Patient Counseling Information
See FDA-approved Patient Labeling
Risk of Seizures
Inform patients that AMPYRA can cause seizures, and that they must discontinue use of AMPYRA if they experience a seizure.
Instruct patients to take AMPYRA exactly as prescribed. Instruct patients not to take a double dose after they miss a dose, as this would increase their risk of seizure. Instruct patients not to take more than 2 tablets in a 24-hour period and to make sure that there is an approximate 12-hour interval between doses.
Advise patients to discontinue AMPYRA and seek medical care if they develop signs and symptoms of anaphylaxis.
Advise patients to store AMPYRA at 25°C (77°F), with excursions permitted to 15–30°C (59–86°F). Advise patients to safely throw away AMPYRA that is out of date or no longer needed.
Carcinogenesis, mutagenesis, impairment of fertility
Two year dietary carcinogenicity studies of dalfampridine were conducted in mice and rats. In mice, the doses tested (approximately 2, 12.5, and 80 mg/kg/day) were associated with plasma exposures (AUC) up to 11 times the plasma AUC in humans at the maximum recommended human dose (MRHD) of 20 mg/day. There was no evidence of drug-related carcinogenicity.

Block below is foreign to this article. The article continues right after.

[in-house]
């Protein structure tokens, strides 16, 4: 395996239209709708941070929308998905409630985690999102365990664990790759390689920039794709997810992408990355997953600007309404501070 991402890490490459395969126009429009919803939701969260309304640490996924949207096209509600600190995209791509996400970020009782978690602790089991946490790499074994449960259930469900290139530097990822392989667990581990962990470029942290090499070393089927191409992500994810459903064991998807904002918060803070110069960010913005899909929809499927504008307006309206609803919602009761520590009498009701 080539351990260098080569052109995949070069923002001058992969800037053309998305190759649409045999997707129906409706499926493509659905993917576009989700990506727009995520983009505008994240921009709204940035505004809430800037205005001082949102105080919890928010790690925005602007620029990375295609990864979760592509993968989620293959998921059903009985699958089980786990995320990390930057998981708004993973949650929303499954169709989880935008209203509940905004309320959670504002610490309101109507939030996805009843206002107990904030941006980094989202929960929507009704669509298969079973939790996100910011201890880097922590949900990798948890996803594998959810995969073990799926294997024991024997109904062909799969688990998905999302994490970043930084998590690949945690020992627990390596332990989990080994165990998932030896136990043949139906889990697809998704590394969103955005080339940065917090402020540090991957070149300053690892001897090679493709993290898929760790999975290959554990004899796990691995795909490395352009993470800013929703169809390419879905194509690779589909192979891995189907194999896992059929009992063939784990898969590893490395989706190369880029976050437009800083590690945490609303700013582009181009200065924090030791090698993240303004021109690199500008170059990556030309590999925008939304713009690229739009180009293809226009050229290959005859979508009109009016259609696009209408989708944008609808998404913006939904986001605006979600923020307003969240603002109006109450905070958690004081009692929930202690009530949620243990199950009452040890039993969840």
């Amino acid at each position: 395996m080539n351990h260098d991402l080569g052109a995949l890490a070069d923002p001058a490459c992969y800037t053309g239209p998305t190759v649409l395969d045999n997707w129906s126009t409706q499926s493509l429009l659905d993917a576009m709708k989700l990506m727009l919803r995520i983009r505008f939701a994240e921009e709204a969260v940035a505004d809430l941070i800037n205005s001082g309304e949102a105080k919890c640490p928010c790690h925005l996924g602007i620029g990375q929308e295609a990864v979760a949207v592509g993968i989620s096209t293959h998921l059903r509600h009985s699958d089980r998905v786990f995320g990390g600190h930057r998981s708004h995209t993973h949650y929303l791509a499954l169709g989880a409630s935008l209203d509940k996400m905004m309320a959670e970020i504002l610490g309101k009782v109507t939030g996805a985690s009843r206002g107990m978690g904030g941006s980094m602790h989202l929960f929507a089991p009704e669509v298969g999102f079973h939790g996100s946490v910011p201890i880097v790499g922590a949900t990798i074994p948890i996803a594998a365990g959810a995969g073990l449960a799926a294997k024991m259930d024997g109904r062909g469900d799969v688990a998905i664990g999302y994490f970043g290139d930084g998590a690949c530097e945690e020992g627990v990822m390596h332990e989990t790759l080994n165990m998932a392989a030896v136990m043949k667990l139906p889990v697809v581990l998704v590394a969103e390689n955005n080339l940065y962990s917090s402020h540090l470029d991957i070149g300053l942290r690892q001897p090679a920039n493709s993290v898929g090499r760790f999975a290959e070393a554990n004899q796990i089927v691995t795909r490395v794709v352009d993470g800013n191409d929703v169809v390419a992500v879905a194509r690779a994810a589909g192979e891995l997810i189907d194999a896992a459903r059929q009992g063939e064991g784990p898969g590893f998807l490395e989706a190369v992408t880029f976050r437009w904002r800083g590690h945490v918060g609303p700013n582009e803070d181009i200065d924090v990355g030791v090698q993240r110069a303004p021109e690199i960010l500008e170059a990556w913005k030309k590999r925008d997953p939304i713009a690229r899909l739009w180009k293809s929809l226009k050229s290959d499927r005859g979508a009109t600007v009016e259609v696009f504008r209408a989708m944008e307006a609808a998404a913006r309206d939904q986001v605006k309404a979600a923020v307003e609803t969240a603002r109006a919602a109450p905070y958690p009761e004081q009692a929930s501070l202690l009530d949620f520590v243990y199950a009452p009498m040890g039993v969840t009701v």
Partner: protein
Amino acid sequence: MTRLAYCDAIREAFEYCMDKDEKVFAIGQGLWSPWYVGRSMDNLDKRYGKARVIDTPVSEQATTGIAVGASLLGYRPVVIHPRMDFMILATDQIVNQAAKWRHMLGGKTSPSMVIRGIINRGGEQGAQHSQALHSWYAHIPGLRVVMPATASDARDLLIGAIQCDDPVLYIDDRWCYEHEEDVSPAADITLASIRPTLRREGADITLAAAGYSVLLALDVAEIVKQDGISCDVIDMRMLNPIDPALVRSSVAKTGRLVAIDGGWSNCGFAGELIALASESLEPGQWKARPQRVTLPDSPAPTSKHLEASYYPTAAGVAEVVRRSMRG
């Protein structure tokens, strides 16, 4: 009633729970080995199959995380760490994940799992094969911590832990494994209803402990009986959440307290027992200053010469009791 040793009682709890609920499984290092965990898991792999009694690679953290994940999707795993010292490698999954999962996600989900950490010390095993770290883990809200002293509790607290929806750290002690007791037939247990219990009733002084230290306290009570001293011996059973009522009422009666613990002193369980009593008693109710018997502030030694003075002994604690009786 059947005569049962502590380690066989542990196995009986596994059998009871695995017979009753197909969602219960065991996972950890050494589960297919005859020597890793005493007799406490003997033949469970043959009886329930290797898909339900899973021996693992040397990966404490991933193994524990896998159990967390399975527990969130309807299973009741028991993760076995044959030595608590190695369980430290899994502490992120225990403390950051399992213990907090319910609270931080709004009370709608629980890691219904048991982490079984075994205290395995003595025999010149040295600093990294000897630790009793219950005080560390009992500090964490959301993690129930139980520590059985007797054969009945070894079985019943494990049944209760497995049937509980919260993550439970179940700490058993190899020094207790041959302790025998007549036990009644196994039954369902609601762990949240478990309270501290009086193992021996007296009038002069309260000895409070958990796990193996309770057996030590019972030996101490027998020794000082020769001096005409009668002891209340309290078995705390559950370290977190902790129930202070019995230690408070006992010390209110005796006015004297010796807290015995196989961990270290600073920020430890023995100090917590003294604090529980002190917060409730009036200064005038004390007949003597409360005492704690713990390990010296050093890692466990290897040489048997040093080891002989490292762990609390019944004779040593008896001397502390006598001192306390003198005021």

In rats, the doses tested (approximately 2, 6, and 18 mg/kg/day) were approximately 1, 3, and 9 times the MRHD on a body surface area (mg/m²) basis. There was a significant increase in uterine polyps at the highest dose tested.
Dalfampridine was negative in in vitro (bacterial reverse mutation, mouse lymphoma tk, chromosomal aberration) and in vivo (mouse bone marrow, rat erythrocyte micronucleus) genetic toxicology assays.
Impairment of Fertility
Oral administration of dalfampridine (doses of 1, 3, and 9 mg/kg/day) to male and female rats prior to and throughout mating, and continuing in females up to day 13 of gestation or day 21 of lactation resulted in no adverse effects on fertility. Reduced offspring viability and body weight were observed at 9 mg/kg/day. The mid dose (a no-effect dose) was similar to the MRHD on a mg/m² basis.
Use In Specific Populations
Pregnancy Category C
There are no adequate and well-controlled studies of AMPYRA in pregnant women. Administration of dalfampridine to animals during pregnancy and lactation resulted in decreased offspring viability and growth at doses similar to the maximum recommended human dose (MRHD) of 20 mg/day. AMPYRA should be used during pregnancy only if the potential benefit justifies the potential risk to the fetus.